The operation of a Peltier cooler can be temporarily enhanced by utilizing the transient response of a current pulse. The performance of such a device, using (Bi,Sb) 2Te 3-based thermoelectric elements, was examined from -70 to 55°C. We establish both theoretically and experimentally the essential parameters that describe the pulse cooling effect, such as the minimum temperature achieved, maximum temperature overshoot, time to reach minimum temperature, time while cooled, and time between pulses. Using simple theoretical and semiempirical relationships the dependence of these parameters on the current pulse amplitude, temperature, thermoelectric element length, thermoelectric figure of merit and thermal diffusivity is established. At large pulse amplitudes the amount of pulse supercooling is proportional to the maximum steady-state difference in temperature. This proportionality factor is about half that expected theoretically. This suggests that the thermoelectric figure of merit is the key materials parameter for pulse cooling. For this cooler, the practical optimum pulse amplitude was found to be about three times the optimum steady-state current. A pulse cooler was integrated into a small commercial thermoelectric three-stage cooler and it provided several degrees of additional cooling for a period long enough to operate a laser sensor. The improvement due to pulse cooling is about the equivalent of two additional stages in a multistage thermoelectric cooler.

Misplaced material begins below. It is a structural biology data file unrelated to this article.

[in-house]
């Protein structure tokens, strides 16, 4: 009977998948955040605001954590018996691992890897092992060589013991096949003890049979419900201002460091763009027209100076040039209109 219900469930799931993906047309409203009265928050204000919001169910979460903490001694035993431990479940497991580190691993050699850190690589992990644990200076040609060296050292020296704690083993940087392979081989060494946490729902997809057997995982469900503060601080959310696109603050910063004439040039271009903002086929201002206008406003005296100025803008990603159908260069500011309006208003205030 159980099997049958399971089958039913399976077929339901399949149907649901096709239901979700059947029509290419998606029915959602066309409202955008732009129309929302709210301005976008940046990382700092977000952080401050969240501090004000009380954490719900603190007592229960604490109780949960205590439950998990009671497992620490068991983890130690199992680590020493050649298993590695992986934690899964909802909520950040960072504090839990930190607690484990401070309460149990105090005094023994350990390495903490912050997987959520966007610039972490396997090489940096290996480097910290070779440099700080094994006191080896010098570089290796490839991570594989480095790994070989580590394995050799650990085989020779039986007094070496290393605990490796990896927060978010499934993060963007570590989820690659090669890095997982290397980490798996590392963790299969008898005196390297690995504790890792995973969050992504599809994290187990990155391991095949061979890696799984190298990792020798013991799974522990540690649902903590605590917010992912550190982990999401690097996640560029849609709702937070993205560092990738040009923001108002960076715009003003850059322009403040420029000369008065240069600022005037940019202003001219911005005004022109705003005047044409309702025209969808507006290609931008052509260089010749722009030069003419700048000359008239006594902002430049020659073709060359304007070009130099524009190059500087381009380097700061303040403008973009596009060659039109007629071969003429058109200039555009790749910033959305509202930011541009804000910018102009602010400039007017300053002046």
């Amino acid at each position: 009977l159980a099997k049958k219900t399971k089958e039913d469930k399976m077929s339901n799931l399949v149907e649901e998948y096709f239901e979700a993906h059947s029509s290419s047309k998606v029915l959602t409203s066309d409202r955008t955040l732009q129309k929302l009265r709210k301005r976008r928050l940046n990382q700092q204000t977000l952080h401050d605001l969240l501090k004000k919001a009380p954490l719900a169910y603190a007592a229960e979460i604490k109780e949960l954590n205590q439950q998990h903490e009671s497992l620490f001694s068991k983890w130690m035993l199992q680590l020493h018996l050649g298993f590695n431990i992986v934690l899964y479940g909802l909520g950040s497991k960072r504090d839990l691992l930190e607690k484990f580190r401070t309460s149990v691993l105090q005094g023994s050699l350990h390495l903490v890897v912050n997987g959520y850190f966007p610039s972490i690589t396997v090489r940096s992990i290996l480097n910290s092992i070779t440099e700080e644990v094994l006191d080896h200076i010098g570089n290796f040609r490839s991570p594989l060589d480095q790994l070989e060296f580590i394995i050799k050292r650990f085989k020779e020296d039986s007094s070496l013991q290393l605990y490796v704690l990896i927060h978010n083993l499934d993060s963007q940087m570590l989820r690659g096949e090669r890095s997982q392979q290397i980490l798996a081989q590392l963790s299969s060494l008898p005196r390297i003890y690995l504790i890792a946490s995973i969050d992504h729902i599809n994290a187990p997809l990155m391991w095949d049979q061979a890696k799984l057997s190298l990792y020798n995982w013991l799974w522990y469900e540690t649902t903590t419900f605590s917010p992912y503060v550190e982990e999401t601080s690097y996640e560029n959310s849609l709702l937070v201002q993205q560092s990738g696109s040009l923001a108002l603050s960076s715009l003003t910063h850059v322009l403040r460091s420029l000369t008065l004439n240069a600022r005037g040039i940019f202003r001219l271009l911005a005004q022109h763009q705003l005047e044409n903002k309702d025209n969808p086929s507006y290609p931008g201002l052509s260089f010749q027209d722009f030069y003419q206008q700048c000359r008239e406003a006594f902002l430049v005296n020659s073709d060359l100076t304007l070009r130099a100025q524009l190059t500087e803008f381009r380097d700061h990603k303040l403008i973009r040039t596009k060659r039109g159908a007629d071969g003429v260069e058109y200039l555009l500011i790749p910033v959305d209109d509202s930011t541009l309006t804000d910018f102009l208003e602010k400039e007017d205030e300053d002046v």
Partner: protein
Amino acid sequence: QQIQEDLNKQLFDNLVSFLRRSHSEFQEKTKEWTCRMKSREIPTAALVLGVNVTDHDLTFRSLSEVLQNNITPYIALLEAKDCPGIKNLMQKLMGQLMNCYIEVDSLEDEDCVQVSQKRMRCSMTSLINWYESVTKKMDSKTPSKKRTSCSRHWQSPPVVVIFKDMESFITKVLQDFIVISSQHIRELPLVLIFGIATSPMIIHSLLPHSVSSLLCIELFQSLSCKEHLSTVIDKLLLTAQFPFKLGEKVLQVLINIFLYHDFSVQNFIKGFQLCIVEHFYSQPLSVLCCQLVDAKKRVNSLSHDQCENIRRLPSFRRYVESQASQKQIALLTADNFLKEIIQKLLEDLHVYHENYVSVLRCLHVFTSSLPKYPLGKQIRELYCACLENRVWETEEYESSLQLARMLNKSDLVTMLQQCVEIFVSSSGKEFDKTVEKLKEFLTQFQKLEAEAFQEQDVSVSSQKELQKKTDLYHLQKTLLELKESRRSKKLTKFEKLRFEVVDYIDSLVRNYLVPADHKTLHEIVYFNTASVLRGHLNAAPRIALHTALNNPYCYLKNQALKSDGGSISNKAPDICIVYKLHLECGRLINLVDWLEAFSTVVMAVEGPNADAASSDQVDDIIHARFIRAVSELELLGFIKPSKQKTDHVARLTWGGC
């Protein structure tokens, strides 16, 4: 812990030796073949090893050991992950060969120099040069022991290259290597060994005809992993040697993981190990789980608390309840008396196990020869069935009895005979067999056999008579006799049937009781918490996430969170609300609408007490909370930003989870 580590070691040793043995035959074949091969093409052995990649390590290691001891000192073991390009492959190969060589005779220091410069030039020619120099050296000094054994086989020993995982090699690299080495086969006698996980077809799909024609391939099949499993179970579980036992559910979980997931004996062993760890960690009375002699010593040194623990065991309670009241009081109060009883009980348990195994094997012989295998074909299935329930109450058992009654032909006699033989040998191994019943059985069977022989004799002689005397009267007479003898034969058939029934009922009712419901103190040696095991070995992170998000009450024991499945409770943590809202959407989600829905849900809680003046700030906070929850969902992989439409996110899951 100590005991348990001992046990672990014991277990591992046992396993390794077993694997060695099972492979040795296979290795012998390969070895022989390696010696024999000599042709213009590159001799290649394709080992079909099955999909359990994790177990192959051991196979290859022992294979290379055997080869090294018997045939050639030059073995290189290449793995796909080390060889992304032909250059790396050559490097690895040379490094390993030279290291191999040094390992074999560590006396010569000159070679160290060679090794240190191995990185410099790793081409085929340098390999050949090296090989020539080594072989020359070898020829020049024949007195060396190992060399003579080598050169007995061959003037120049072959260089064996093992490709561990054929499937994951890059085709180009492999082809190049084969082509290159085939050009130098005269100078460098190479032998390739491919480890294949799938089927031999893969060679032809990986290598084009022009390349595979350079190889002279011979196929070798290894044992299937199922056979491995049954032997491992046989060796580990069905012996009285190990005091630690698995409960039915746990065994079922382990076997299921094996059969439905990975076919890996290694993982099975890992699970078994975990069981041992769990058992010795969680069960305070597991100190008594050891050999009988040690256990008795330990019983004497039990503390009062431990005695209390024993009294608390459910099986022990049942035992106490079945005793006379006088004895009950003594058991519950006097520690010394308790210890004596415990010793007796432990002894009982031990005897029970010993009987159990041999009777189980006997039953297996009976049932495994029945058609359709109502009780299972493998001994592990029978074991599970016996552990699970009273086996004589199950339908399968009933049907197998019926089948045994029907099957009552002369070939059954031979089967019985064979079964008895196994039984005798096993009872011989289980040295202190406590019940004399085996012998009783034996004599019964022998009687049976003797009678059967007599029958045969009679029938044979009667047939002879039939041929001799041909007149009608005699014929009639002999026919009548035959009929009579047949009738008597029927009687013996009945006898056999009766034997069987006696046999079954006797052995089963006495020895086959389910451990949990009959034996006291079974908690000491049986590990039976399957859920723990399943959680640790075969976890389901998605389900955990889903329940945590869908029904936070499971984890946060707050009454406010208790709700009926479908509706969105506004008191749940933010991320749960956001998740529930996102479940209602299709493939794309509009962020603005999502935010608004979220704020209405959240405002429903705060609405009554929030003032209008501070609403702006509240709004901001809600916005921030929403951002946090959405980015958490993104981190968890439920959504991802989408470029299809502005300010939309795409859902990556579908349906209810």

ASJC Scopus subject areas
- Physics and Astronomy(all)